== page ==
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Sandy Impacts N. Hempstead Jobs

Unemployment rate Nassau's worst November in two decades, but Sandy recovery could stimulate economy.

Hurricane Sandy didn’t just wreck the region’s infrastructure, it delivered a blow to the jobs market, according to the Long Island Association’s chief economist. 

While the unemployment rate in the Town of North Hempstead dropped in November, the latest month available, a significant number of jobs were shed Islandwide over the previous 12 months. 

“If you look at November 2011 to November 2012, it portrays an even more somber picture of the job market on Long Island,” LIA Chief Economist Pearl M. Kamer said. “These numbers incorporate both the effects of the recent storms and structural weaknesses within key sectors of our economy.” 

Long Island lost 8,100 jobs year-over-year, including 2,700 private sector jobs, according to the state Department of Labor. Nassau and Suffolk counties also had 4,900 fewer government workers than a year earlier. 

The Nassau unemployment rate jumped to 7 percent in November – highest for that month in two decades – compared with 6.4 percent a year earlier.

North Hempstead’s unemployment rate fared better. From a high of 6.5 percent in July, the Town’s unemployment rate moved significantly from October to November, dropping three tenths of a point from 6.1 to 5.8.

Of North Hempstead’s estimated labor force of 113,800, 6,600 were unemployed.

But Kamer dismissed any positive signs in the region’s unemployment rate. “You have to consider why it dropped,” she said. “A lot of that reflects retiring Baby Boomers. Or they dropped out of the labor force because they felt they couldn’t get a job.” 

So called “discouraged workers” lower the unemployment rate through attrition. North Hempstead’s unemployment rate was still historically high: Tied for the third-worst November in the last 20 years. 

Economic resources are pouring in post-Sandy and that should help stabilize the region. The Nassau County Industrial Development Agency, for exapmle, administers the Business Recovery Center, set up to help with disaster loan applications, assistance finding state and federal resources for eligible businesses.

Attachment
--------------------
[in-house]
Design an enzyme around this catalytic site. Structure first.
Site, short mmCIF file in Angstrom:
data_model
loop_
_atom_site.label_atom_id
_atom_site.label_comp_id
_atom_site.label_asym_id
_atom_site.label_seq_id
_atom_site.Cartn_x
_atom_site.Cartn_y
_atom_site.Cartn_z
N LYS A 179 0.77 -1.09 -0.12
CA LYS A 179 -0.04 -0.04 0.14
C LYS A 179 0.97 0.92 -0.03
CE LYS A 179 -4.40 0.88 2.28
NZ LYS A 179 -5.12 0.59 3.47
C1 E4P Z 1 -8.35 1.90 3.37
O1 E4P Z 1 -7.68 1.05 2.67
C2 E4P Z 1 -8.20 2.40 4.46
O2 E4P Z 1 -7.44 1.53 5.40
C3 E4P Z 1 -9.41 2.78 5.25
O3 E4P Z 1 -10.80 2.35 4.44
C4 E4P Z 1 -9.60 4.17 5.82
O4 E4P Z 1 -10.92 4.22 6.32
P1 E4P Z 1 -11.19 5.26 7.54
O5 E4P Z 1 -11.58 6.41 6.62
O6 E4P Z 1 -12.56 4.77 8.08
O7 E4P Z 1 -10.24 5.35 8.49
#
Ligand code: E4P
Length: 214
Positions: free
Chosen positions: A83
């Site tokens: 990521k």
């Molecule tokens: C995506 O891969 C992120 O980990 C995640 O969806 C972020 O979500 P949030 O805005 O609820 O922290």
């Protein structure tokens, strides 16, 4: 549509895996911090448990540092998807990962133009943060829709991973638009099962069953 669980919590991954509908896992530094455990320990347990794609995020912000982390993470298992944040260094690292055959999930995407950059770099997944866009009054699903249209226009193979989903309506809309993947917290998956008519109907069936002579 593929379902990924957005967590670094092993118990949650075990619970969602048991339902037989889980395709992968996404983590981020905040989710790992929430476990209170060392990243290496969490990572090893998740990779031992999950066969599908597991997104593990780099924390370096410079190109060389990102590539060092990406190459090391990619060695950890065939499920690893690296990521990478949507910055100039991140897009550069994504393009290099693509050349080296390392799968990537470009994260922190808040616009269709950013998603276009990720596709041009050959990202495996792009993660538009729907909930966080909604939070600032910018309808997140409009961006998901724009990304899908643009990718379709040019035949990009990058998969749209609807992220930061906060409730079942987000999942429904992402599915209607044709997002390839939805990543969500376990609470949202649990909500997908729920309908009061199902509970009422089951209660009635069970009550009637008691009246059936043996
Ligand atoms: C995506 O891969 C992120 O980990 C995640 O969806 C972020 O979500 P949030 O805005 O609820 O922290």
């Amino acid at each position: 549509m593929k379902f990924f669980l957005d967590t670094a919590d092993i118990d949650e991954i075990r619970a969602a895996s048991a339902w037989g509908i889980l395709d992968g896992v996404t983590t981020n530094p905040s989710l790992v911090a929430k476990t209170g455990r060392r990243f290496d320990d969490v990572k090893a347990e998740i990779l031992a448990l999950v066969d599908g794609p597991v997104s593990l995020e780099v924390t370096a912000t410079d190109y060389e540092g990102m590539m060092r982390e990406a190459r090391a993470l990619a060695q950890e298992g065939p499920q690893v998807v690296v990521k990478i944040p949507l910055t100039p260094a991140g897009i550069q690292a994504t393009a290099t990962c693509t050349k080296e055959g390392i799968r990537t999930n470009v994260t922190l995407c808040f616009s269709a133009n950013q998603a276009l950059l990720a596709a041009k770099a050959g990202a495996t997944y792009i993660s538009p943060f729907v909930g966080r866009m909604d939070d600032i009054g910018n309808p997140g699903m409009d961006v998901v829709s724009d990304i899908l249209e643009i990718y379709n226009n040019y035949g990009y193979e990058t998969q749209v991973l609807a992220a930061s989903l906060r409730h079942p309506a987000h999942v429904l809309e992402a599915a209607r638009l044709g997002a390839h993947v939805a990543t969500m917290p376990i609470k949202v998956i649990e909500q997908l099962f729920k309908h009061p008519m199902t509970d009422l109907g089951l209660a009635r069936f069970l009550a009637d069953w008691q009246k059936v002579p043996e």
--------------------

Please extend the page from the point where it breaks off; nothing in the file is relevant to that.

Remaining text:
“Hardest hit were many of Long Island’s small businesses, which were flooded, lost power, or both,” Kamer said. Getting those local merchants back on their feet is key to a prosperous 2013.

She sees the recovery effort, from FEMA, insurance claims and other stimulus as a major driver going forward. 

“All that FEMA money and government money and private money that’s going to come in for rebuilding and hardening our infrastructure is going to create jobs for construction workers,” Kamer added. “That’s going to be injected into the economy.”

     November Unemployment

Year North Hempstead Nassau Suffolk State Nation 1992 5.8 6.6 7.7 8.3 7.4 1993 4.6 5.2 6.7 7.4 6.6 1994 3.8 4.3 5.3 5.9 5.6 1995 3.4 3.9 4.8 6.0 5.6 1996 2.7 3.1 3.8 6.0 5.4 1997 2.7 3.1 3.8 5.7 4.6 1998 2.2 2.5 3.1 5.2 4.4 1999 2.4 2.8 3.2 4.7 4.1 2000 2.9 3.1 3.2 4.2 3.9 2001 4.1 4.4 4.4 5.7 5.5 2002 4.0 4.4 4.5 6.2 5.9 2003 4.3 4.6 4.7 6.2 5.8 2004 3.7 4.1 4.2 5.1 5.4 2005 3.7 4.1 4.2 5.1 5.0 2006 3.1 3.5 3.7 4.2 4.5 2007 3.5 3.8 3.9 4.4 4.7 2008 4.8 5.2 5.4 6.0 6.8 2009 6.3 6.9 7.3 8.5 9.9 2010 6.1 7.0 7.5 8.3 9.8 2011 5.7 6.4 7.0 7.9 8.6 2012 5.8 7.0 7.2 7.9 7.8

Note: Sources U.S. Bureau of Labor Statistics and NYS Department of Labor. Unemployment rate is the number of unemployed as a percentage of the labor force.

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